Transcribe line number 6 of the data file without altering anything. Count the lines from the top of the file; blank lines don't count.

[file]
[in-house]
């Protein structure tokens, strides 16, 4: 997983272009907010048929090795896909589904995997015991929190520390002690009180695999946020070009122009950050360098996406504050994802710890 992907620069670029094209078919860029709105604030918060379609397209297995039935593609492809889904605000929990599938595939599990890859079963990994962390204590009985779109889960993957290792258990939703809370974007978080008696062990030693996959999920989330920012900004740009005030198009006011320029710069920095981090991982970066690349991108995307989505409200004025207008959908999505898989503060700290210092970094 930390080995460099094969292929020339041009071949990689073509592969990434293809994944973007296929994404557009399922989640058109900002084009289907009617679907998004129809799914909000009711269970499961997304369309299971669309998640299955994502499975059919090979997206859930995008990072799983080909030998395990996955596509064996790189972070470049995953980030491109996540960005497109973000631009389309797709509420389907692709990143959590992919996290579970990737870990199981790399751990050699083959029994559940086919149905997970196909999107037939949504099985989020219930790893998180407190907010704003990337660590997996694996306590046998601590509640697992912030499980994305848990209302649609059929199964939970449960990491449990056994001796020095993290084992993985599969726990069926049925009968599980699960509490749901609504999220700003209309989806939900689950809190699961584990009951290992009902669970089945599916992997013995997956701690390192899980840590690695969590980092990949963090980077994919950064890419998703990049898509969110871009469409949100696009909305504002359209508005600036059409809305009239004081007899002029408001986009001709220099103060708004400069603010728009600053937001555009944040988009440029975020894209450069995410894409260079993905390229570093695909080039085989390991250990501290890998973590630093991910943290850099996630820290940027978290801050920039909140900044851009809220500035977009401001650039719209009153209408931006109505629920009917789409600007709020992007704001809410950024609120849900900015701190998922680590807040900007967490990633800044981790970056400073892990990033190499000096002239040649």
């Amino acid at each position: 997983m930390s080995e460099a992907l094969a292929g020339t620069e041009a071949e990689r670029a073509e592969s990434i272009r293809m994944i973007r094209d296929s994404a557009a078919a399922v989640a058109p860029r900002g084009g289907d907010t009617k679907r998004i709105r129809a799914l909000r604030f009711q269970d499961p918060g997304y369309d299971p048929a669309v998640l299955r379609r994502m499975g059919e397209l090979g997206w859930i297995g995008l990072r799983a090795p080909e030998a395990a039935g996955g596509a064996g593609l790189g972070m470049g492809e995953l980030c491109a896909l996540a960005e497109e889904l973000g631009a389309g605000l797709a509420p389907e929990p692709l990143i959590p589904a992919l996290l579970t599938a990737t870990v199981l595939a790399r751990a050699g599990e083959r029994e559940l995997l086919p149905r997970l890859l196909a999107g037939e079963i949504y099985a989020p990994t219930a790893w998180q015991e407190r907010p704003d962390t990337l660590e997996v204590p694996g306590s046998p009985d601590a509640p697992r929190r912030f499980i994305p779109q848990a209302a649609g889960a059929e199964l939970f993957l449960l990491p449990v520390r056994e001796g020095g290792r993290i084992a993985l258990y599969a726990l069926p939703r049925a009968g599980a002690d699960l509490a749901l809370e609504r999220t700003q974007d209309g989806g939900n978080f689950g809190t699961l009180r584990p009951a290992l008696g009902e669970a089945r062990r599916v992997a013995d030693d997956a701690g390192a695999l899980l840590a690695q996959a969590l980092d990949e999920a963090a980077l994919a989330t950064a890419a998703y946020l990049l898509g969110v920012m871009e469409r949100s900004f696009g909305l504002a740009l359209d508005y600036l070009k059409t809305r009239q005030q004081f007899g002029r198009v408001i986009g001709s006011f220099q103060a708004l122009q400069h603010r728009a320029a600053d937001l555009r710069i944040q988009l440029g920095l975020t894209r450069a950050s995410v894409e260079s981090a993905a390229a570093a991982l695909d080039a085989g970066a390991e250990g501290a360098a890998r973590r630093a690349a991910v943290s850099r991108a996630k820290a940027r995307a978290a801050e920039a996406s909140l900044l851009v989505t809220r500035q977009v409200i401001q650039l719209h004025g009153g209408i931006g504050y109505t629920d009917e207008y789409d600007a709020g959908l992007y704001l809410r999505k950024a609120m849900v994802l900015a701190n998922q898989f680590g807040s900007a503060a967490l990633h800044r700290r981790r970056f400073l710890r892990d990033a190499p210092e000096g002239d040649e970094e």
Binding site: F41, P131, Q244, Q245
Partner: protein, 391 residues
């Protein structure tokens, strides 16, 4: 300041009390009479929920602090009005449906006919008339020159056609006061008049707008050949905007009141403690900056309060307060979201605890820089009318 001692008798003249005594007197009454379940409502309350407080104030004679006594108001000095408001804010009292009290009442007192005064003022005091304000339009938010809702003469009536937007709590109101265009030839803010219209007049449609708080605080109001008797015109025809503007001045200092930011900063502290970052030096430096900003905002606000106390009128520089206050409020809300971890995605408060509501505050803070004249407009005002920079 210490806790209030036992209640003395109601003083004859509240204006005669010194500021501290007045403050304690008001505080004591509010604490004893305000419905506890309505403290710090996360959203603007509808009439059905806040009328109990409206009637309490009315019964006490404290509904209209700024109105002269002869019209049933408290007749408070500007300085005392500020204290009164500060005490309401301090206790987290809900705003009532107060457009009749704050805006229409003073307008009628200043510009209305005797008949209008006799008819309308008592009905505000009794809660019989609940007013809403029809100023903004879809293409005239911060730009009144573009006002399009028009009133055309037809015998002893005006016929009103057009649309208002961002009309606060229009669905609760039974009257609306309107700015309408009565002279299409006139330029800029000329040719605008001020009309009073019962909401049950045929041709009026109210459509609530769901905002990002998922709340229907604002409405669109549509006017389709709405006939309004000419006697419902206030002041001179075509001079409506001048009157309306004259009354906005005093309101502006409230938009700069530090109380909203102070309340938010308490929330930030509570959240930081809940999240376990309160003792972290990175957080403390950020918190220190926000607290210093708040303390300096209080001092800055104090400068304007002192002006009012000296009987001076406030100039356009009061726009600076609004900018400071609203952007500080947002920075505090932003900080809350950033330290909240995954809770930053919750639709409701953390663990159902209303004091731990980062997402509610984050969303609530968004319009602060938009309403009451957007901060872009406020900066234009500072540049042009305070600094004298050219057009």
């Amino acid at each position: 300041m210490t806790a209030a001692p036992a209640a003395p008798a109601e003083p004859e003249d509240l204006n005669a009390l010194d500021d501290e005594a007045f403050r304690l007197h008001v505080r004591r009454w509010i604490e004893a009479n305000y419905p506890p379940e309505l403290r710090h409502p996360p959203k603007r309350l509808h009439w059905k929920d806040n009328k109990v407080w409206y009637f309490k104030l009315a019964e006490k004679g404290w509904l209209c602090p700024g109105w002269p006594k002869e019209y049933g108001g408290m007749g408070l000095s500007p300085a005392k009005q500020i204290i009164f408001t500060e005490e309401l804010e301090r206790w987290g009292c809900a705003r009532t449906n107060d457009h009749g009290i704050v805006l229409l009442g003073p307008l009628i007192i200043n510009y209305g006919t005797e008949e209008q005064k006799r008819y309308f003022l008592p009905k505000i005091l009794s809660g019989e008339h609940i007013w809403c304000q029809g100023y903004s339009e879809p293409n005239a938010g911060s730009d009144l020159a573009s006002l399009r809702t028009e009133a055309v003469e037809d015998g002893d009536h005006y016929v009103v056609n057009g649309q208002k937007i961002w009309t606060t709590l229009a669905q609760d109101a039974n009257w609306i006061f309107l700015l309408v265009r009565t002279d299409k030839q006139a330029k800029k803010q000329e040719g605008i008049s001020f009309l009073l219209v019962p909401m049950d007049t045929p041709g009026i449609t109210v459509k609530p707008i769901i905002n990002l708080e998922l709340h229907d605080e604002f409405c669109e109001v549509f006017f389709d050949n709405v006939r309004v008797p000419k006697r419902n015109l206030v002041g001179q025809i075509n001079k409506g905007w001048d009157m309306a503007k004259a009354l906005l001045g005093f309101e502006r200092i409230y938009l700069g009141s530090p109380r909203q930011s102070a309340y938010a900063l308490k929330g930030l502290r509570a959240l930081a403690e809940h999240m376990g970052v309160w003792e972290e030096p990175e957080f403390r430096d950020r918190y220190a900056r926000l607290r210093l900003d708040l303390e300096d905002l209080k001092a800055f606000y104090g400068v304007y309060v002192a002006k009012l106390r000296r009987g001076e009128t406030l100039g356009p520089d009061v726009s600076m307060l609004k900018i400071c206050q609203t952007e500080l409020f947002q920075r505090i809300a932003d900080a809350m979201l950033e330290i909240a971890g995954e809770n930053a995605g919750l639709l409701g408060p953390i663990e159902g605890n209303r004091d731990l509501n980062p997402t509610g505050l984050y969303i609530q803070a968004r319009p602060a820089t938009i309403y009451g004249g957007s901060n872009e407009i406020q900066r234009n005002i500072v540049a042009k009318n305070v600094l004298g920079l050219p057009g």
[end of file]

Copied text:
């Protein structure tokens, strides 16, 4: 300041009390009479929920602090009005449906006919008339020159056609006061008049707008050949905007009141403690900056309060307060979201605890820089009318 001692008798003249005594007197009454379940409502309350407080104030004679006594108001000095408001804010009292009290009442007192005064003022005091304000339009938010809702003469009536937007709590109101265009030839803010219209007049449609708080605080109001008797015109025809503007001045200092930011900063502290970052030096430096900003905002606000106390009128520089206050409020809300971890995605408060509501505050803070004249407009005002920079 210490806790209030036992209640003395109601003083004859509240204006005669010194500021501290007045403050304690008001505080004591509010604490004893305000419905506890309505403290710090996360959203603007509808009439059905806040009328109990409206009637309490009315019964006490404290509904209209700024109105002269002869019209049933408290007749408070500007300085005392500020204290009164500060005490309401301090206790987290809900705003009532107060457009009749704050805006229409003073307008009628200043510009209305005797008949209008006799008819309308008592009905505000009794809660019989609940007013809403029809100023903004879809293409005239911060730009009144573009006002399009028009009133055309037809015998002893005006016929009103057009649309208002961002009309606060229009669905609760039974009257609306309107700015309408009565002279299409006139330029800029000329040719605008001020009309009073019962909401049950045929041709009026109210459509609530769901905002990002998922709340229907604002409405669109549509006017389709709405006939309004000419006697419902206030002041001179075509001079409506001048009157309306004259009354906005005093309101502006409230938009700069530090109380909203102070309340938010308490929330930030509570959240930081809940999240376990309160003792972290990175957080403390950020918190220190926000607290210093708040303390300096209080001092800055104090400068304007002192002006009012000296009987001076406030100039356009009061726009600076609004900018400071609203952007500080947002920075505090932003900080809350950033330290909240995954809770930053919750639709409701953390663990159902209303004091731990980062997402509610984050969303609530968004319009602060938009309403009451957007901060872009406020900066234009500072540049042009305070600094004298050219057009």